Winter Travels – Bangkok (Day 2)

Day two in Bangkok and I thought initially I’d go to the art gallery, which I could get to by train. However, on checking the opening times, I found out that it was closed on Mondays. So, instead, I decided to go to the park, which was located nearby my hotel. It was a nice day, and it took about an hour for me to wander around.

Lunch was in the food court on top of the shopping mall I’d been to, and I went to what’s called the ‘Moomin Café’. I’d seen this the previous day after I’d had lunch, and I’d heard all about the one in Tokyo, but I was unaware of the cafe anywhere else. I’m not totally familiar with all the characters of the stories, though I did used to watch the cartoon series on television when I was younger. But I went and ate there all the same, which was not bad, and it was quite quiet too. If you go there by yourself, the staff will put one of the Mommin characters next to you, so you feel less lonely.

Now, I’m not really one for traditions, but a few I think are good. One is watching films during my winter holidays. But not just any films. In my first winter break in China, I went to the Mongolian capital Ulaanbaatar. It was also the Lunar New Year there, so I was the only guest in my hotel. However, it did allow me to watch TV, which might not seem that big a deal, but at the time, I didn’t have a TV so I hadn’t watched anything in a few months. Whilst there, I saw the film Paddington, which, in this Brexit-focused world, where immigration is seen as something bad, it was a nice contrast to this, and shows the positives of immigration. Jump ahead a year, and I was in Hanoi, Vietnam. Whilst there, I happened to be flicking through the film channel and discovered the film Zootopia. This was a film my students had talked a lot about, but I’d never seen it. It celebrates diversity and individuality. Now, in my third winter holidays, I was thinking what film would I see this year. Well, I didn’t see anything on TV, but I did check the cinema listings and came across a film I did really want to watch, at the cinema. So, I decided to go that afternoon to watch it. The film, The Post, focused on the true story of the Pentagon Papers and The Washington Post in the early 1970s. It highlighted important issues about freedom of the press, very relevant in today’s somewhat cynical and anti-press (not to mention fake news) world. So, my third winter holidays I got to see another inspiring, and important, film, this time about free press.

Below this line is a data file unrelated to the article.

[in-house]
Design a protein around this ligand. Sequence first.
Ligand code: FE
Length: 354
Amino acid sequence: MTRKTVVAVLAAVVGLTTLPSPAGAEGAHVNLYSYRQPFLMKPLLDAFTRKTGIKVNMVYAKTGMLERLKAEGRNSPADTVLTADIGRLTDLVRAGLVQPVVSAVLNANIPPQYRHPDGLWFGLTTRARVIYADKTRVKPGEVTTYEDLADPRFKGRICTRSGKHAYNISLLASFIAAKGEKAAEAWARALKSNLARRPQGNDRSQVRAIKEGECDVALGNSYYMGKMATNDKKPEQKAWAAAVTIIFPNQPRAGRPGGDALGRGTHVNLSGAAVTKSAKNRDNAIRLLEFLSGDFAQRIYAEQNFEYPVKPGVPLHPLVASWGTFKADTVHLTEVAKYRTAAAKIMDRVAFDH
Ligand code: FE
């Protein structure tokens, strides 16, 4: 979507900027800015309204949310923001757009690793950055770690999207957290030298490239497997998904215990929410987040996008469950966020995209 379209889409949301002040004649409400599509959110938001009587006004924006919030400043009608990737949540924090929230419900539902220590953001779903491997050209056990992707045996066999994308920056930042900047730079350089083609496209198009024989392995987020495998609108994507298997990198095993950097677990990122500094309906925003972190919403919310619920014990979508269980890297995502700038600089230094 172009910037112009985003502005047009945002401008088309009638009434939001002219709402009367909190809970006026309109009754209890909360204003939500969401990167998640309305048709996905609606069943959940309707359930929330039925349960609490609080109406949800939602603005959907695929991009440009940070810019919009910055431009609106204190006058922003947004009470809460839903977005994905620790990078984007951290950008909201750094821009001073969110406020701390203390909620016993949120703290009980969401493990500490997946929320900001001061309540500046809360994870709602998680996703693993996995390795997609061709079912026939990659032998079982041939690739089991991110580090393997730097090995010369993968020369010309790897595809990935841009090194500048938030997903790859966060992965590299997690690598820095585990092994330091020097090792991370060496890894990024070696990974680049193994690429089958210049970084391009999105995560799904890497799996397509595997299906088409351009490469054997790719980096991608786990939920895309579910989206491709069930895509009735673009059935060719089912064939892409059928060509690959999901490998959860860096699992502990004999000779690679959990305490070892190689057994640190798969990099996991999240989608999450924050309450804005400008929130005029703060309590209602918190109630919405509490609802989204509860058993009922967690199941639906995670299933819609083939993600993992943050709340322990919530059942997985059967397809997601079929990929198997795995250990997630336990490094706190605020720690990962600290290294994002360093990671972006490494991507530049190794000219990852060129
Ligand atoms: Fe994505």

The trip to the cinema was, itself, interesting. The film was in English with Thai subtitles, and the screen was in the same mall I’d been to the previous day, with the aquarium in it. Before the film, the national anthem of Thailand played, and all the Thai audience members stood up, which was interesting, given I hadn’t experienced this before (and I’m not sure I would do it if it was in the UK).

After the film I went back to the hotel, and had a swim in the pool. Then I went for food, before returning to the hotel.

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